For your Clint Eastwood-idolizing brother, Jeff: Please, make someone’s day this holiday season, won’t you? This fierce, spaghetti western-inspired protective back skin for the iPhone 4 and the iPhone 4S is about as rough 'n' tumble as they come. Just ask the steely-eyed, cig-smoking gunslinger whose laser-engraved mug stares the user down each and every time they reach for their phone (perhaps he’ll scare off iPhone-snatching miscreants, too). Now all that’s needed is a “The Good, the Bad and the Ugly” ringtone. Produced in Elkhart, Ind., with real, hand-finished bamboo, the easily removable and reusable skin from Carved is a notable alternative to plastic, mass-produced-in-China smartphone accessories. $29 at Carved.




Soda Stream Source Metal Edition Starter Kits

SodaStream models

For your mother Wendy, the recovering store-bought soda guzzler: Pretty much everything — ergonomic office chairs, underpants, laptops — that planet-improving designer Yves Béhar touches seems to be transformed into green-tinted gold. And Béhar’s tradition of future-friendly product design continues with his collaboration with the fizzy water wizards at SodaStream. With regular use, the SodaStream Source — a lean, mean, countertop soda-making machine with an intuitive LED interface, redesigned carbonating bottle and sleek, stainless steel-accented good looks — will prevent the average household from buying and discarding 550 plastic soda bottles per year. Kit includes soda maker, 60-liter CO2 carbonator, 1-liter BPA-free carbonating bottle, and a Sodamix sampler with six flavors. $149.99 at Bed Bath & Beyond.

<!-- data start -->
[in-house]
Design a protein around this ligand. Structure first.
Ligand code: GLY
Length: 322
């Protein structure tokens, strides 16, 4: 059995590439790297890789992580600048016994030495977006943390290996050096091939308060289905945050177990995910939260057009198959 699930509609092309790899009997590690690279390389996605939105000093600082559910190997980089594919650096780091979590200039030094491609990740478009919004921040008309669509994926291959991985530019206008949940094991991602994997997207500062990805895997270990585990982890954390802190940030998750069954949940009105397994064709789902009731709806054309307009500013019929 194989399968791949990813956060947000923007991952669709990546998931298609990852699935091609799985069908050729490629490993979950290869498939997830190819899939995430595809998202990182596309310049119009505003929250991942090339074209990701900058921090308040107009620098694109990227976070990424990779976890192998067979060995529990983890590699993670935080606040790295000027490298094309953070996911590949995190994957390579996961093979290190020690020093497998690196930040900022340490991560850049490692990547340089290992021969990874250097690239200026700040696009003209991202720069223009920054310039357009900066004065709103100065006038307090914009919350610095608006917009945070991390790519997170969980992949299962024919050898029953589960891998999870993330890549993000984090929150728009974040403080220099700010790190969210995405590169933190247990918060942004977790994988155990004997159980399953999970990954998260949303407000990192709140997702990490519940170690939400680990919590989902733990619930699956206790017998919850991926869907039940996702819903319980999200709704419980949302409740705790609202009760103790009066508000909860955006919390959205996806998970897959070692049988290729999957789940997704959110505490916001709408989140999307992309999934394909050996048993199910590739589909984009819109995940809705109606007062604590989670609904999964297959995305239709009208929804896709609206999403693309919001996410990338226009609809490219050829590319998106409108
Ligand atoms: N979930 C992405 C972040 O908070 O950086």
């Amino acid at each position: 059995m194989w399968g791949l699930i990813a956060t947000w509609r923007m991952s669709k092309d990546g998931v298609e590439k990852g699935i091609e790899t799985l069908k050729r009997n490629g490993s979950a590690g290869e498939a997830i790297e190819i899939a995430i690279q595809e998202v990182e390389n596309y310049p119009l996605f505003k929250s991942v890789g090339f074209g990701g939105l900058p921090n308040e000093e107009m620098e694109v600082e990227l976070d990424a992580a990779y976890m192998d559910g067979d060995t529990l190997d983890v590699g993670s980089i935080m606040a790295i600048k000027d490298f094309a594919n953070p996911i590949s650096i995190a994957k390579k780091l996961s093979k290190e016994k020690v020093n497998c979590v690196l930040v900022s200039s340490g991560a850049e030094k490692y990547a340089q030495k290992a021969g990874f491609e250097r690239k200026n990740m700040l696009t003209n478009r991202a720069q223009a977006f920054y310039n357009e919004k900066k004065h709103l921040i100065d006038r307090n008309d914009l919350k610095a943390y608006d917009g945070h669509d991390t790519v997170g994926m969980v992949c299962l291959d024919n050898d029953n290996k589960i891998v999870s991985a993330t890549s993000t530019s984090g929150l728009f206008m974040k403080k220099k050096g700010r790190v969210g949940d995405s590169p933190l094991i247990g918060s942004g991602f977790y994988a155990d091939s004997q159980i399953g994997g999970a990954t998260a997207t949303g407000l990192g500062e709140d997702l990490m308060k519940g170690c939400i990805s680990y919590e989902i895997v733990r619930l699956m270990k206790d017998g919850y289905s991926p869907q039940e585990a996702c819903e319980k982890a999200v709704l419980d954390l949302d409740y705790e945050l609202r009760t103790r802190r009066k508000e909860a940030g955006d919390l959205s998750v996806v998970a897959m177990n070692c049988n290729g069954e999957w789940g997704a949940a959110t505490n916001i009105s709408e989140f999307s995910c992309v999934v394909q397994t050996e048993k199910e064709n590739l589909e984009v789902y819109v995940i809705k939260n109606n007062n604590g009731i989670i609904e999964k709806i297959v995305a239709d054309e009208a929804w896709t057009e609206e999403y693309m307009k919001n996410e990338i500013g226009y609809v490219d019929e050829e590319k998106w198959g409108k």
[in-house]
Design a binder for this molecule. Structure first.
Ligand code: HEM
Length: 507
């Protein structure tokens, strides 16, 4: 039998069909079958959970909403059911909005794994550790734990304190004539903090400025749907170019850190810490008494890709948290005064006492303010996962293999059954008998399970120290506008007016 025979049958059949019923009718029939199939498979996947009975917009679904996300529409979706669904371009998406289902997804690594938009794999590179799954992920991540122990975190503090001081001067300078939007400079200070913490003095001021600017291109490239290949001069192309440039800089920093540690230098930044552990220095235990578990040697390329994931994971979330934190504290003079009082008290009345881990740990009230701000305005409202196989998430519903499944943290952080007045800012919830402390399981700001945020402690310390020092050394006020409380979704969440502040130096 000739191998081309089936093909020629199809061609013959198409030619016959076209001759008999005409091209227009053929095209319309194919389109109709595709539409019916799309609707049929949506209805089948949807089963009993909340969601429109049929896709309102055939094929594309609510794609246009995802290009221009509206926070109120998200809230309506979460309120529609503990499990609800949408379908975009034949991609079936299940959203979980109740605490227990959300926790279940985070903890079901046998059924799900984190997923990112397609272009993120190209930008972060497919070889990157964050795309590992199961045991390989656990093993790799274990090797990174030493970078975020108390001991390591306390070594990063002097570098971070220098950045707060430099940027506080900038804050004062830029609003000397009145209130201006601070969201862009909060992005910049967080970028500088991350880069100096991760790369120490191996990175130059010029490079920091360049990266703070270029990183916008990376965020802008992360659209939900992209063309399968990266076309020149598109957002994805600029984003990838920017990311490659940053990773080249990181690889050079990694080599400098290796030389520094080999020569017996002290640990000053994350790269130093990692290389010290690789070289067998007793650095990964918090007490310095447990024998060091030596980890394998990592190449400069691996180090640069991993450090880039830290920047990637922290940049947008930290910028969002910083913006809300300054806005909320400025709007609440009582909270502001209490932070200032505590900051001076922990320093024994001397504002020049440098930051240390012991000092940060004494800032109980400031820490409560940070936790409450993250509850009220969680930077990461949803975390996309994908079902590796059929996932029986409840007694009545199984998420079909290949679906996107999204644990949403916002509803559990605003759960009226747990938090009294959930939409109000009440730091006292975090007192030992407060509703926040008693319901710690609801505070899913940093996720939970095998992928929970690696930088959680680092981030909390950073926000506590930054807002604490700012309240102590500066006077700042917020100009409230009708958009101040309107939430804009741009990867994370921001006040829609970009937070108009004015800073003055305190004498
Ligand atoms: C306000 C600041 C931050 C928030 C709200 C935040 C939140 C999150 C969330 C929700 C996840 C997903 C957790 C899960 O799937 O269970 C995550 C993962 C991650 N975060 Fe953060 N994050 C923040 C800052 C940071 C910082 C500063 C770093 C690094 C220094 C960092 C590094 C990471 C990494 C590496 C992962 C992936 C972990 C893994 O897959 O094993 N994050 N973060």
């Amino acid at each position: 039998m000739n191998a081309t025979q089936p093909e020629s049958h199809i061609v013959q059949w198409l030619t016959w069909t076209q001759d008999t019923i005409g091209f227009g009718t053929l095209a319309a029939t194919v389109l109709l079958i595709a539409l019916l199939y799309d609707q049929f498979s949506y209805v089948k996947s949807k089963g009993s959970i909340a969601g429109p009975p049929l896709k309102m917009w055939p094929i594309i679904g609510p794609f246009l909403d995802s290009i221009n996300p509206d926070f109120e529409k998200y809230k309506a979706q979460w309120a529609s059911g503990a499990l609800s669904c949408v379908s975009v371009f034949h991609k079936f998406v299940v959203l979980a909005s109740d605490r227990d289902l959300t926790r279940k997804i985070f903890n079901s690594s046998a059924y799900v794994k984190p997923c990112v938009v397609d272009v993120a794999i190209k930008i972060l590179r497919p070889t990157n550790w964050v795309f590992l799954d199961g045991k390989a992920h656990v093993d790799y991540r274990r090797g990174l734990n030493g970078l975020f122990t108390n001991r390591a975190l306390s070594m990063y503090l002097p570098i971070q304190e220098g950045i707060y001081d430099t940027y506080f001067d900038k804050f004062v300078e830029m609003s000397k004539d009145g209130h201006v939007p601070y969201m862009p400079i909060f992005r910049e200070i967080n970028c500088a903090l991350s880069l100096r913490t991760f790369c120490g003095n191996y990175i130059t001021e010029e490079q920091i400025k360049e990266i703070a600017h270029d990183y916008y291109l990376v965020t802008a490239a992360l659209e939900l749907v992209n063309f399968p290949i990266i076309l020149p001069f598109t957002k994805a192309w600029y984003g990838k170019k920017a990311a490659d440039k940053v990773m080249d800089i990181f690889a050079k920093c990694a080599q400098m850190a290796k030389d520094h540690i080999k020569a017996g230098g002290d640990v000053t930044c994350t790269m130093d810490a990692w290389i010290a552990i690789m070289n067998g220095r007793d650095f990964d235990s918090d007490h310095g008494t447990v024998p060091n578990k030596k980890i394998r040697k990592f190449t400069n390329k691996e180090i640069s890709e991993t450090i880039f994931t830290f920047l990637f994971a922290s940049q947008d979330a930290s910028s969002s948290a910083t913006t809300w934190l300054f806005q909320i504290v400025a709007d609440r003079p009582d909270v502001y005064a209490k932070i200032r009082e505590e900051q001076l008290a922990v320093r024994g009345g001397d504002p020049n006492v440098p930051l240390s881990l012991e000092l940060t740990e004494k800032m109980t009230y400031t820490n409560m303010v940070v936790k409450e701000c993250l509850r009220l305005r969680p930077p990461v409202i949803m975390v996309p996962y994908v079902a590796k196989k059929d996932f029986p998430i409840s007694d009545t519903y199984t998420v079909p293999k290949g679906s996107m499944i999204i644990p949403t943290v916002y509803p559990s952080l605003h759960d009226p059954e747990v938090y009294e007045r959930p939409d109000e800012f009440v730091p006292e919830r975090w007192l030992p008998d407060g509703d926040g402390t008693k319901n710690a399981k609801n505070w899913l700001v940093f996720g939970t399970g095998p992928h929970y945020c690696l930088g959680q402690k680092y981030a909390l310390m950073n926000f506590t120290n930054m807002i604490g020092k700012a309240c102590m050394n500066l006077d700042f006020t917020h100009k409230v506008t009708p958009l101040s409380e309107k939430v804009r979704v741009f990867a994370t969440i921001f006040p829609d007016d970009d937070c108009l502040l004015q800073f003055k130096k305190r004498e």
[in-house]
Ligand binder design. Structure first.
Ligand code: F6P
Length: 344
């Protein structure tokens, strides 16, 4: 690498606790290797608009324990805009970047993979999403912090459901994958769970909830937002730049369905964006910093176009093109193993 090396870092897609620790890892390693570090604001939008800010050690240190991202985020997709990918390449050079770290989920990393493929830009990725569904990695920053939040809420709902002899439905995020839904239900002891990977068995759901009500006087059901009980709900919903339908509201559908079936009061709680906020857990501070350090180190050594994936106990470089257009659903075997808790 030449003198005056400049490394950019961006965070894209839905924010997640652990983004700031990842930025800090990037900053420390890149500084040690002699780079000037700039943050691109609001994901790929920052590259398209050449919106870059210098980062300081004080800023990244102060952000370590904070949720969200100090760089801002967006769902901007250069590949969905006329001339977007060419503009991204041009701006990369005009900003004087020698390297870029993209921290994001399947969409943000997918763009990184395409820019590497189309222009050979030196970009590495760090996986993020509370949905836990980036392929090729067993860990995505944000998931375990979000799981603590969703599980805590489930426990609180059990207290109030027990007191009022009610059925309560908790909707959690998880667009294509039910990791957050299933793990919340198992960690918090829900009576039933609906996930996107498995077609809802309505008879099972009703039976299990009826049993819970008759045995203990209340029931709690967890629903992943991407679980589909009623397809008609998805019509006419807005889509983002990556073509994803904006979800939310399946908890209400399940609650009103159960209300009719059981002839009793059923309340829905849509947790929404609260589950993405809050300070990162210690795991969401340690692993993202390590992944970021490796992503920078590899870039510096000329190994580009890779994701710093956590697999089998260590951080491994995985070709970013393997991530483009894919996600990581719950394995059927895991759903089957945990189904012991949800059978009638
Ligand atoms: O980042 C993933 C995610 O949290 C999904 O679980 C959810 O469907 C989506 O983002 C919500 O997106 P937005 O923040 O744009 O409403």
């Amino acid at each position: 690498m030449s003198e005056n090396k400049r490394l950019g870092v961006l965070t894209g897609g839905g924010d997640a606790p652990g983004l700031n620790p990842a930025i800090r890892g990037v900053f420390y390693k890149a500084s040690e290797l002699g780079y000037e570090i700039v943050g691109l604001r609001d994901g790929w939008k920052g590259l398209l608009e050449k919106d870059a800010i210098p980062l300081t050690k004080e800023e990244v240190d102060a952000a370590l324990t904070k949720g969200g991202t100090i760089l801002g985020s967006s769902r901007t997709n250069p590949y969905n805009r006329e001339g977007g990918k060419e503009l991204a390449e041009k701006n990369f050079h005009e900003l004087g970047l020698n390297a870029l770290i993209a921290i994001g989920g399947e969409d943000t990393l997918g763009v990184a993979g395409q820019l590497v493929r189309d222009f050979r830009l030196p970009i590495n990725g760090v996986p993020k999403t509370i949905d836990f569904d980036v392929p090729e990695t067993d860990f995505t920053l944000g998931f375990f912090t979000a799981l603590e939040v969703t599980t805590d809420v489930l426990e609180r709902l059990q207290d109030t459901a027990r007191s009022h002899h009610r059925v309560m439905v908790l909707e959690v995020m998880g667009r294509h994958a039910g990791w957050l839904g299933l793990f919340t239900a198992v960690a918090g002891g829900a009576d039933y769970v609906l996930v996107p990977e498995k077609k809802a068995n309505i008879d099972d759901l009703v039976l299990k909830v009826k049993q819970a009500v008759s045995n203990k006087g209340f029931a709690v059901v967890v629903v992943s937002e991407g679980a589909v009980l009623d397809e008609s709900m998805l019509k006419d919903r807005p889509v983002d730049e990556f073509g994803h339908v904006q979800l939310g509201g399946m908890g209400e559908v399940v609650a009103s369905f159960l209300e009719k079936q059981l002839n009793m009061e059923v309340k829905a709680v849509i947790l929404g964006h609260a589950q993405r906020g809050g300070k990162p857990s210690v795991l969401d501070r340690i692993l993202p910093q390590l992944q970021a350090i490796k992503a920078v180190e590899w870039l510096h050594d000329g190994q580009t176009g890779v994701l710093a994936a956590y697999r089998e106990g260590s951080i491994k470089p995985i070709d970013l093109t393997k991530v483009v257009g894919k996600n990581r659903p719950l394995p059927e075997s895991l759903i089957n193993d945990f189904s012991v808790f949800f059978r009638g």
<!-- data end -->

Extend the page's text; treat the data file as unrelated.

*** gift certificate

circuit board frame, fair trade coffee

For Pam, your notoriously hard-to-shop-for sister-in-law: For impossible-to-shop-for gift recipients, sometimes a gift certificate is the safest — and most practical — option. Launched with the aid of erstwhile “Lazy Environmentalist” and former MNN columnist Josh Dorfman, is a new, one-stop shopping destination featuring a wide — yet carefully vetted — selection of planet-friendly products across a range of categories including Pets, Beauty, Grocery, Household and Babies & Kids. That said, there are so many green goodies ripe for picking on, we think a gift certificate is the best way to go. Our ideal shopping basket? Dr. Bronner’s Peppermint Oil Castile Liquid Soap, Terracycle’s picture frame made from upcycled circuit boards, and a big ol’ bag of Fair Trade coffee. Available in denominations up to $1,500 at




Adelaide Tree Bookend

tree bookend